As one follows McGhie through the years, his disability quickly blends into the background as his accomplishments mount. The book helps to defuse the fear and awkwardness others feel in the presence of the disabled while simultaneously inspiring every person to make the most out of his or her life. A compelling story, the book strives to illuminate the amazing accomplishments of one man and his highly supportive wife while also providing an example of the inherent power people have to transcend handicaps–physical or otherwise–and live full and meaningful lives.
Courage After Fire: Coping Strategies for Troops Returning from Iraq and Afghanistan and Their Families
The bravery displayed by our soldiers at war is commonly recognized. However, often forgotten is the courage required by veterans when they return home and suddenly face reintegration into their families, workplaces, and communities. Authored by three mental health professionals with many years of experience counseling veterans, Courage After Fire provides strategies and techniques for this challenging journey home.
A book dedicated to bringing the troops home and addressing the challenges of re-integration from combatant to civilian. Bridget C. Cantrell, Ph.D. and Vietnam veteran Chuck Dean, present vital information for returning troops and loved ones. Why do so many veterans suffer from flashbacks, depression, fits of rage, nightmares, anxiety, emotional numbing, and other aspects of Post-Traumatic Stress Disorder (PTSD)? The answers are here.
In this ambitious follow-up to Achilles in Vietnam, Dr. Jonathan Shay uses the Odyssey, the story of a soldier’s homecoming, to illuminate the pitfalls that trap many veterans on the road back to civilian life. Seamlessly combining important psycho- logical work and brilliant literary interpretation with an impassioned plea to renovate American military institutions, Shay deepens our understanding of both the combat veteran’s experience and one of the world’s greatest classics.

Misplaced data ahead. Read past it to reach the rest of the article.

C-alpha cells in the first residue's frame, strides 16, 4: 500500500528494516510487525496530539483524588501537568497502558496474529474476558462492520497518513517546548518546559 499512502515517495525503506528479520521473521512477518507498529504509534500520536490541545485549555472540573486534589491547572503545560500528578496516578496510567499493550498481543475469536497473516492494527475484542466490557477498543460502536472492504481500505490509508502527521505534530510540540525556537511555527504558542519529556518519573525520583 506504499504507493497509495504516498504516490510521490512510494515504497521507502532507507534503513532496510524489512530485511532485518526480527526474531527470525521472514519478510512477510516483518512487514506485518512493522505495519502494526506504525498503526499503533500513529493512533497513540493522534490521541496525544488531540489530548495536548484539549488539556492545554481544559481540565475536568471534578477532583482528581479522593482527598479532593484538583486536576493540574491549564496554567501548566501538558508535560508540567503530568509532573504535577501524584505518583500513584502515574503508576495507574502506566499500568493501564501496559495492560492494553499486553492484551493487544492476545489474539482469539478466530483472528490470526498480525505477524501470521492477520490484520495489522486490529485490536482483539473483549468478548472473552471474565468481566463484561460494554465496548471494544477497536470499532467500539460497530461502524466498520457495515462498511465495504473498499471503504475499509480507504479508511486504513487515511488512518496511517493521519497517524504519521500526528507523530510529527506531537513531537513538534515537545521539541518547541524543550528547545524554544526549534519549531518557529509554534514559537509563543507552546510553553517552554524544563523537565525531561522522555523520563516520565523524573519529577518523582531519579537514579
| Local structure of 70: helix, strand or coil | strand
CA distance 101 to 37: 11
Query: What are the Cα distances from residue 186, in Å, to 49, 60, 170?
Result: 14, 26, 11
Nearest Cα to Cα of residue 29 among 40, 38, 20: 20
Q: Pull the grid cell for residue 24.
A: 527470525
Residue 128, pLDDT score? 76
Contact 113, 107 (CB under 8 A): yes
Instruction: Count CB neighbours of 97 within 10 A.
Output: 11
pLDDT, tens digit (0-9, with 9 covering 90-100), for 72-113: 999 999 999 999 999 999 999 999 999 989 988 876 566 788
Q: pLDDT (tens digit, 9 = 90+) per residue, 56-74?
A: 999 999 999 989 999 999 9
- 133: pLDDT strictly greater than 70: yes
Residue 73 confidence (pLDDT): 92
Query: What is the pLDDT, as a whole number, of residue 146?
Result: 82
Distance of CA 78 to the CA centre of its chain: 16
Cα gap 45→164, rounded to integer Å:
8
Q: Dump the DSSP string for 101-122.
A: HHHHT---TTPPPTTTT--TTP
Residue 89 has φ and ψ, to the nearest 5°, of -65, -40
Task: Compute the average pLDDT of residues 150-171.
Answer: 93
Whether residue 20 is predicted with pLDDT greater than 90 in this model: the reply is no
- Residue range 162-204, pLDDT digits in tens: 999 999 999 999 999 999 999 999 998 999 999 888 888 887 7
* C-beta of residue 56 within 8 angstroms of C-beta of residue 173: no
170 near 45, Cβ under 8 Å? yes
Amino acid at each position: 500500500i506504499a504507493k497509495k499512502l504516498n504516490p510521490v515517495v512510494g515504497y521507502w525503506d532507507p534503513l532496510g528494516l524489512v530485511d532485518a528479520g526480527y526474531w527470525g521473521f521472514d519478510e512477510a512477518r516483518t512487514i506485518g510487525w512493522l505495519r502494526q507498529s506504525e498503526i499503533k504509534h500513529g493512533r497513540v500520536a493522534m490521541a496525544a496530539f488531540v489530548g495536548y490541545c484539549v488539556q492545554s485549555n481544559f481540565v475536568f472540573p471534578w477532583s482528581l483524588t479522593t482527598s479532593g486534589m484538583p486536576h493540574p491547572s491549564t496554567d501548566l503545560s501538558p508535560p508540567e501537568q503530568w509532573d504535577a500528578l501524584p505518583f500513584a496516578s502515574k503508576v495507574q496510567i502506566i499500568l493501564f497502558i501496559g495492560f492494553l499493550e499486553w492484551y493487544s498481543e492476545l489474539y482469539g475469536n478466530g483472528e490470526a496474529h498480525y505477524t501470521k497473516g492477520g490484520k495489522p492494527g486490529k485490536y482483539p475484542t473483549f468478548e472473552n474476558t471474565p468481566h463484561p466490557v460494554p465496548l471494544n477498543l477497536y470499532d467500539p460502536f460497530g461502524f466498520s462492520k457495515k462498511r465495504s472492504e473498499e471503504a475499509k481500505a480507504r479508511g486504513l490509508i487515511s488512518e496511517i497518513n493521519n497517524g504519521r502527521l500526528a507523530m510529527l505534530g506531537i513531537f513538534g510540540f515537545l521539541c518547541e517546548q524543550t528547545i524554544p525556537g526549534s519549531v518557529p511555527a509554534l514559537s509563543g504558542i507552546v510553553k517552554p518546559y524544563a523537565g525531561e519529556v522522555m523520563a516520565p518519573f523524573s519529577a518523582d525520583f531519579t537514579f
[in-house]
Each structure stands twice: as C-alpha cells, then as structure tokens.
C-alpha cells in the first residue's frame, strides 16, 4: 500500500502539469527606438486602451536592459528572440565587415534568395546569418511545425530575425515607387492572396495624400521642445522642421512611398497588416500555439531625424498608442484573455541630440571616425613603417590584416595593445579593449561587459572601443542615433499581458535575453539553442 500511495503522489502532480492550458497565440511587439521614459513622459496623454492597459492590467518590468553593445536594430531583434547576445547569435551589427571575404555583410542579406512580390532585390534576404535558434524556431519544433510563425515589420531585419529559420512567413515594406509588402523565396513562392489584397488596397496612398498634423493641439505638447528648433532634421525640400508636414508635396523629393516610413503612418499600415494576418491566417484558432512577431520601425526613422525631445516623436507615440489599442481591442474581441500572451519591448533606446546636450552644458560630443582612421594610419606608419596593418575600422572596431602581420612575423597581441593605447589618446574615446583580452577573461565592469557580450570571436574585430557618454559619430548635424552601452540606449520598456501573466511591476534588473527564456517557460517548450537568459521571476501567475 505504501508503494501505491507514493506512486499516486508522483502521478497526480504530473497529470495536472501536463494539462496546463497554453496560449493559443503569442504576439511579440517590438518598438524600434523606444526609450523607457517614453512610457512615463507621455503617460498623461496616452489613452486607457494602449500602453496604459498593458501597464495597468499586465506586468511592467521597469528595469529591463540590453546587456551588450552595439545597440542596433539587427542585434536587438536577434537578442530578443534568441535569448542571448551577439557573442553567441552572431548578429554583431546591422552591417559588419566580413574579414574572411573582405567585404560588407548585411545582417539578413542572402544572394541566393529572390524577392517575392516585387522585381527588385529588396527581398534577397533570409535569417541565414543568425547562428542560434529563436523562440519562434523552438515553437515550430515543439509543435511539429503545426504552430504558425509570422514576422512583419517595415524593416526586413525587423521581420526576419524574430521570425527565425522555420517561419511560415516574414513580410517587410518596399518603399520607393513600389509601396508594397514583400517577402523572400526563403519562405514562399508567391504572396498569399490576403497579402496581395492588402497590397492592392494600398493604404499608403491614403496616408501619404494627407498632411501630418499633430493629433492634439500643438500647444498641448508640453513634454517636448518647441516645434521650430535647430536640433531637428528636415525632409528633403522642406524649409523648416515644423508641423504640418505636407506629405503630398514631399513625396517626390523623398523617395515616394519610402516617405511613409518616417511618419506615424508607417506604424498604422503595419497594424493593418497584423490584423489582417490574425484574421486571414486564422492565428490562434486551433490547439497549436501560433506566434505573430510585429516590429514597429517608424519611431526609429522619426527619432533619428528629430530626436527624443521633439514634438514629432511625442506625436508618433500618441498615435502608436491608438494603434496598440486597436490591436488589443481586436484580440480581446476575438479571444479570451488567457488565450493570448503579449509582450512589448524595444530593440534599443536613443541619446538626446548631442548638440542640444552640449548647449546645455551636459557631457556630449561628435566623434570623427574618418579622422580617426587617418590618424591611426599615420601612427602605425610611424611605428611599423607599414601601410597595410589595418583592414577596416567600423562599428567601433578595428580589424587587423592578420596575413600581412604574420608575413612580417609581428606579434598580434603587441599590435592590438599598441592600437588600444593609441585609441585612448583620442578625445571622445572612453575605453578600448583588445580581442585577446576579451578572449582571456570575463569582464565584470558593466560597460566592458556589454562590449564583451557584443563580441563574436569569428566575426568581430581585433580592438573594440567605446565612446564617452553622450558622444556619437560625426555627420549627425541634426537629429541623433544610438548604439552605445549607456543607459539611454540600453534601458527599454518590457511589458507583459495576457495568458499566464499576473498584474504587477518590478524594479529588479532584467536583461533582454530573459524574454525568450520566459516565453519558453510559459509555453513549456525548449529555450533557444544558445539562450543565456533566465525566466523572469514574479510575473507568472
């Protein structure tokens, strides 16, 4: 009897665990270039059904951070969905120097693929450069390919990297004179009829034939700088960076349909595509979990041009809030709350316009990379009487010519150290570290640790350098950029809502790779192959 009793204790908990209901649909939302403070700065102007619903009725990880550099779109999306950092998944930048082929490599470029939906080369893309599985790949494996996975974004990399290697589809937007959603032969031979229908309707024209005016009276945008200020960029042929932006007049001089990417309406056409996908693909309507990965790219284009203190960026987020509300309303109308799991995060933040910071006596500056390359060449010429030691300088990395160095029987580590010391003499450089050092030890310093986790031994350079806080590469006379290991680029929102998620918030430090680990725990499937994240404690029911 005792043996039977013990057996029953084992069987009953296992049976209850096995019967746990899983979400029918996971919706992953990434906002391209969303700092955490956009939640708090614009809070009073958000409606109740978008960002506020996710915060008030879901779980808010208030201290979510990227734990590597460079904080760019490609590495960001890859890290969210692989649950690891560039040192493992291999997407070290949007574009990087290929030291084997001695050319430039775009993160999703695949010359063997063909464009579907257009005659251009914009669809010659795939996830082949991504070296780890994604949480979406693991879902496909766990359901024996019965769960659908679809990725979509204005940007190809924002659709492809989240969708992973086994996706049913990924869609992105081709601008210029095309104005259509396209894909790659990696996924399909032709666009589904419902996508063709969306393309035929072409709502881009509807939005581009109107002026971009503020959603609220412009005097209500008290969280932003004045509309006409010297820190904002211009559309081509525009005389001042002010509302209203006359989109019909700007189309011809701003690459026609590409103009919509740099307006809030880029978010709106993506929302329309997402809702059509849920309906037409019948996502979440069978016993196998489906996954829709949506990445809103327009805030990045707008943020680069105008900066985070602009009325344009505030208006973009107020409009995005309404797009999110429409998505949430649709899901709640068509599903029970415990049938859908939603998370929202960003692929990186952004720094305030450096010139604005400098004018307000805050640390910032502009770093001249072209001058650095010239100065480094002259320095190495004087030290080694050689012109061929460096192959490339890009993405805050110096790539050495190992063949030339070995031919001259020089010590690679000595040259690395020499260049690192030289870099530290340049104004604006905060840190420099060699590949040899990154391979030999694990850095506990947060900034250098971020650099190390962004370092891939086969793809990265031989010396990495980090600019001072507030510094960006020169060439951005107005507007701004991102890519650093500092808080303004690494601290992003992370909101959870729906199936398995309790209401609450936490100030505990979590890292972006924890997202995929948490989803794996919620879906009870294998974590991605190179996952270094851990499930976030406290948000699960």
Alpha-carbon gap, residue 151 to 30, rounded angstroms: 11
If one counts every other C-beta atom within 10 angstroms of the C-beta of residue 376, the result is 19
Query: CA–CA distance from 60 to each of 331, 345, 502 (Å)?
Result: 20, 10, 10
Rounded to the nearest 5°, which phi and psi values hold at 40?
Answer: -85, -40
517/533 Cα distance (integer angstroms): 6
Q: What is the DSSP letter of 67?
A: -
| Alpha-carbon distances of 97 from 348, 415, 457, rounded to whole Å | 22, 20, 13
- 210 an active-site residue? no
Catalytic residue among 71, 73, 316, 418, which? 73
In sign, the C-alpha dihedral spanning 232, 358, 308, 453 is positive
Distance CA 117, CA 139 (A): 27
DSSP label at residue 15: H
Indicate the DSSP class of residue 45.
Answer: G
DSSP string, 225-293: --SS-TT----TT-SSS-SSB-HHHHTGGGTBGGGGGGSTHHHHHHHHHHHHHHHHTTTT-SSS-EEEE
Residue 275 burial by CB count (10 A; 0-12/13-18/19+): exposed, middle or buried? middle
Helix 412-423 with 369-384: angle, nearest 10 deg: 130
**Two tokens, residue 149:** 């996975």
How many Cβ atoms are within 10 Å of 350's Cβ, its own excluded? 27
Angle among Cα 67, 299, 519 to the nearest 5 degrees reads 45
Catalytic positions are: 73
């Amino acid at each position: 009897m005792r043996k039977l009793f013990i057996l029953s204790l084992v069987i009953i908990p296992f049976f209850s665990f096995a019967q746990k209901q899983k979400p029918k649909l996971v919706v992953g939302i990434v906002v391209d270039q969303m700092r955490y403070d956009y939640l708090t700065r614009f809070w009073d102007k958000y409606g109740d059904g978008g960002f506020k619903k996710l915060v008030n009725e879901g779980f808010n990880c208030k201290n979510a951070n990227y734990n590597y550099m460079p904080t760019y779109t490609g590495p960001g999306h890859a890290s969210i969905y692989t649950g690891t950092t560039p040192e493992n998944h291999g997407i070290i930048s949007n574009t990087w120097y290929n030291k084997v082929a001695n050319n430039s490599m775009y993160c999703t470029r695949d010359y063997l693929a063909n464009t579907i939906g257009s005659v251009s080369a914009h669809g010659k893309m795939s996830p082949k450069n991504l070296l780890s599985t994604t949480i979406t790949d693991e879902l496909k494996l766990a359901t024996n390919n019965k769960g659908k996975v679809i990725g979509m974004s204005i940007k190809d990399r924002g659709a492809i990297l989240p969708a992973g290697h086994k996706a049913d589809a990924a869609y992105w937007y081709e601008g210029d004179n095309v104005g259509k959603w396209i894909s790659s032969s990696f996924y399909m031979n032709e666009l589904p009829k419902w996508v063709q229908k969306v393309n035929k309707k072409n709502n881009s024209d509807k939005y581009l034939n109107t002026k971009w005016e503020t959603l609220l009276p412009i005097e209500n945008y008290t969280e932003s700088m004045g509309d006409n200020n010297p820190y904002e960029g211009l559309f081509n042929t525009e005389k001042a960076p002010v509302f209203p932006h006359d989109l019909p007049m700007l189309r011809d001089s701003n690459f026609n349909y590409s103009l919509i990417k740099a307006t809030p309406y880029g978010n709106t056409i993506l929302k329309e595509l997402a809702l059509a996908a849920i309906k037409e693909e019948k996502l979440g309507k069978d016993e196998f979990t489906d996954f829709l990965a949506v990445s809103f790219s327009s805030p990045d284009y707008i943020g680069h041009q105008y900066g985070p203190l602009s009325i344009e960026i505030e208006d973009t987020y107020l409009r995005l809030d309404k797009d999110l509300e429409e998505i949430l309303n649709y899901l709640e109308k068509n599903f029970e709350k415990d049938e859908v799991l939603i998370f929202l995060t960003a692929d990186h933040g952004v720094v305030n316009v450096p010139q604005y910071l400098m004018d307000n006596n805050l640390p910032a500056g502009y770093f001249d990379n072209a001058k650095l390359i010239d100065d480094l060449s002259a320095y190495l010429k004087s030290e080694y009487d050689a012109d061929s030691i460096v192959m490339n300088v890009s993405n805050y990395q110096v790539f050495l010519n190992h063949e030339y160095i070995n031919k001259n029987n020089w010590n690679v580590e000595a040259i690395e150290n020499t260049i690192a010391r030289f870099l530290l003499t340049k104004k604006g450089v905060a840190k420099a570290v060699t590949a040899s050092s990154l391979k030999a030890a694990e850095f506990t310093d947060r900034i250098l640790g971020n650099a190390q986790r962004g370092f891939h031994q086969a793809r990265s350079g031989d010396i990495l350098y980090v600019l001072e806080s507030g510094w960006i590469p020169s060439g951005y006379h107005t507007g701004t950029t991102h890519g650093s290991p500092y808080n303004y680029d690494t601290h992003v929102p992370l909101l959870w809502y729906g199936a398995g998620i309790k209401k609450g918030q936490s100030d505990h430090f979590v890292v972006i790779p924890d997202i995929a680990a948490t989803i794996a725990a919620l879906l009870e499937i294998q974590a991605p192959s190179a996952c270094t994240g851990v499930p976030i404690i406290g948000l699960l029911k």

Once a Warrior–Always a Warrior: Navigating the Transition from Combat to Home–Including Combat Stress, PTSD, and mTBI
The essential handbook for anyone who has ever returned from a war zone, and their spouse, partner, or family members.
This book highlights the path along the way to transitioning from warrior to civilian.
Overcoming Post Deployment Syndrome is a comprehensive guide for servicemembers, Veterans and their families dealing with the all-too-common repercussions of combat duty, including traumatic brain injury, post-traumatic stress disorder, anxiety, depression, chronic pain and musculoskeletal injury, and substance abuse.
Awarded the Navy Cross for gallantry under fire, Staff Sergeant Jeremiah Workman is one of the Marine Corps’ best-known contemporary combat veterans. In this searing and inspiring memoir, he tells an unforgettable story of his service overseas–and of the emotional wars that continue to rage long after our fighting men come home.
A powerful, haunting, provocative memoir of a Marine in Iraq—and his struggle with Post Traumatic Stress Disorder in a system trying to hide the damage done
On a May afternoon in 1943, an Army Air Forces bomber crashed into the Pacific Ocean and disappeared, leaving only a spray of debris and a slick of oil, gasoline, and blood. Then, on the ocean surface, a face appeared. It was that of a young lieutenant, the plane’s bombardier, who was struggling to a life raft and pulling himself aboard. So began one of the most extraordinary odysseys of the Second World War.
The key to healing, says psychotherapist Ed Tick, is in how we understand PTSD. In war’s overwhelming violence, the soul—the true self—flees and can become lost for life. He redefines PTSD as a true identity disorder, with radical implications for therapy. First, Tick establishes the traditional context of war in mythology and religion. Then he describes in depth PTSD in terms of identity issues. Finally, drawing on world spiritual traditions, he presents ways to nurture a positive identity based in compassion and forgiveness.
Those who place themselves in harm’s way are consistently told to focus, concentrate and utilize the warrior mindset. However, rarely are they trained HOW to accomplish this. It is often assumed that mental toughness will automatically result from physical and tactical training. This is not always true, but mental toughness skills can be trained directly.
Warrior Mindset presents psychological techniques and training to develop Mental Toughness, the Survival Mindset and a hardened focus. The goal is to integrate the psychological with physical and tactical training to add a dimension that is often overlooked, but necessary to achieve maximal performance excellence. If you only talk about mental toughness but don’t actively train it, you haven’t developed the complete warrior.
In What It Is Like to Go to War, Marlantes takes a deeply personal and candid look at what it is like to experience the ordeal of combat, critically examining how we might better prepare our soldiers for war. Marlantes weaves riveting accounts of his combat experiences with thoughtful analysis, self-examination, and his readings—from Homer to The Mahabharata to Jung. He makes it clear just how poorly prepared our nineteen-year-old warriors are for the psychological and spiritual aspects of the journey.